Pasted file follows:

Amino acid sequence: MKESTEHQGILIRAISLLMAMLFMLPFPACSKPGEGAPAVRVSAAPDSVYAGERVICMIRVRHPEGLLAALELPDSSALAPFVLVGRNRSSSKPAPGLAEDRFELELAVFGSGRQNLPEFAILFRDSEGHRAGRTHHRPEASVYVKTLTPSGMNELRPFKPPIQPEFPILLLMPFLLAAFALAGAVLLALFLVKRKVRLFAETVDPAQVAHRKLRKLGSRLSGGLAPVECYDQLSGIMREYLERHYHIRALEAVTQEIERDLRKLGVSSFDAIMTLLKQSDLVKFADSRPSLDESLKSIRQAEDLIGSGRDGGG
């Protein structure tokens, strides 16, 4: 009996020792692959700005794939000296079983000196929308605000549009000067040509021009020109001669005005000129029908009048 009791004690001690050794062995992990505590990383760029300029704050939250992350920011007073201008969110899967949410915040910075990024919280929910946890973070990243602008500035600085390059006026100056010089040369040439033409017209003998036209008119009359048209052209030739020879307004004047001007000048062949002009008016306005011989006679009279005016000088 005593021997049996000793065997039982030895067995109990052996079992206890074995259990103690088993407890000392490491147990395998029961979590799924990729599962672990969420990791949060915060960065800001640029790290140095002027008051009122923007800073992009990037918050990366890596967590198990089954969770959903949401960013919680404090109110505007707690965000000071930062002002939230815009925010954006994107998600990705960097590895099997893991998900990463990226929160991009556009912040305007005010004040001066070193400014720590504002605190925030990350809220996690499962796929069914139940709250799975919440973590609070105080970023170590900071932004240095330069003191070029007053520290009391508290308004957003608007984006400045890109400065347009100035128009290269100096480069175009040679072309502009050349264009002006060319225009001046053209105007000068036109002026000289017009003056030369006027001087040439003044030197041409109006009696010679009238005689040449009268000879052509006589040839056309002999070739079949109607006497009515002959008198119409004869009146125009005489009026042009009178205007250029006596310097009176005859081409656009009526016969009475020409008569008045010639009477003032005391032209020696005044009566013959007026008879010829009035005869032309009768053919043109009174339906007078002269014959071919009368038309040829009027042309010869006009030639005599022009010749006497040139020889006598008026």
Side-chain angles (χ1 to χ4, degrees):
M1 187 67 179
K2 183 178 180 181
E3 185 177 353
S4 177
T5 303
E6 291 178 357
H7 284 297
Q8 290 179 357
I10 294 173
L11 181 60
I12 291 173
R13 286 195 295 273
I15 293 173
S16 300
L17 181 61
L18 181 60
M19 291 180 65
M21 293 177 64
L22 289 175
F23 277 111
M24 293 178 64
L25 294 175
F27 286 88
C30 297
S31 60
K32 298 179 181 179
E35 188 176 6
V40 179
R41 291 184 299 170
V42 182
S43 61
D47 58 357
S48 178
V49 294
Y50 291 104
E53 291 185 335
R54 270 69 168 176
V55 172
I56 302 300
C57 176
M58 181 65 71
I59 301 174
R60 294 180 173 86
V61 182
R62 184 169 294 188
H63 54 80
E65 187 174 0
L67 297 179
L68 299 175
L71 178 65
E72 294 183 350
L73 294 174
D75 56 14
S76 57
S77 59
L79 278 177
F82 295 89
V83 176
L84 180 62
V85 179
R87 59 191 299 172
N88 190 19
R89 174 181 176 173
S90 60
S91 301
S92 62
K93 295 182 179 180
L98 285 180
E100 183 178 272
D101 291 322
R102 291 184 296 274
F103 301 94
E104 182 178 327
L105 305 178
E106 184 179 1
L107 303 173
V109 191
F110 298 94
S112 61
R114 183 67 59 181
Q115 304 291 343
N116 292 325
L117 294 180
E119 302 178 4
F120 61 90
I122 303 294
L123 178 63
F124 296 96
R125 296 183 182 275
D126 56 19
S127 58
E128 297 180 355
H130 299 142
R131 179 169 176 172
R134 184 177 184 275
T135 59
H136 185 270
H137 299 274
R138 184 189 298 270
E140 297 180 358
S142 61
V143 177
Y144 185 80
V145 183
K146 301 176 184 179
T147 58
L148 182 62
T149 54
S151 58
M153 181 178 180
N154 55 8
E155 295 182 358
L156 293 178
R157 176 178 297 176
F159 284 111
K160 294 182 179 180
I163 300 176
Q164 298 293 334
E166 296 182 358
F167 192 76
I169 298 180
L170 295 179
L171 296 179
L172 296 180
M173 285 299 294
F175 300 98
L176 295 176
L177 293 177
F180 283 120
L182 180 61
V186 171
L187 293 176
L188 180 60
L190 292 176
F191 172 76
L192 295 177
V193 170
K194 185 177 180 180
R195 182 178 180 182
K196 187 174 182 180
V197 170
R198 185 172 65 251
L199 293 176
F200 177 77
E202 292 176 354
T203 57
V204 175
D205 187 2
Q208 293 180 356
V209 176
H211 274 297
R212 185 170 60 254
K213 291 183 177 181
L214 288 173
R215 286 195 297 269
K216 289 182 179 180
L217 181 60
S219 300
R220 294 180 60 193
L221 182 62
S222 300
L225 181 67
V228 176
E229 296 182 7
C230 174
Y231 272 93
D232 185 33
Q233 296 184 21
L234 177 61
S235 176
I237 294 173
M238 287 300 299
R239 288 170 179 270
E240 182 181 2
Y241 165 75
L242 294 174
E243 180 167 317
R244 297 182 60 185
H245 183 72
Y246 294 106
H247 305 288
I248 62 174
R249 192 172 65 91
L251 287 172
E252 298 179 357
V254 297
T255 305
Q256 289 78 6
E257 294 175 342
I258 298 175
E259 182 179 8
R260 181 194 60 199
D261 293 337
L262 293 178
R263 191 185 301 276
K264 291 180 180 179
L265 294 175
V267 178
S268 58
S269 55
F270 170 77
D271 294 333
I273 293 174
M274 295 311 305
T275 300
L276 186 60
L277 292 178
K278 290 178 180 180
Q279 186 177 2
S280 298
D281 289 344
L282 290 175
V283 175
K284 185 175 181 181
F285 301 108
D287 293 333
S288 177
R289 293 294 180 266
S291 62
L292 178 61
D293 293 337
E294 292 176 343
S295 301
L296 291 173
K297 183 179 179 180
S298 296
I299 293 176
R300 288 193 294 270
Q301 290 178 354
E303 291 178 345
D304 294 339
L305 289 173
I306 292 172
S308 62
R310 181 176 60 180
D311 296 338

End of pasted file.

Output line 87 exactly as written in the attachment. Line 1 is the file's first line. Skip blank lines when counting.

E119 302 178 4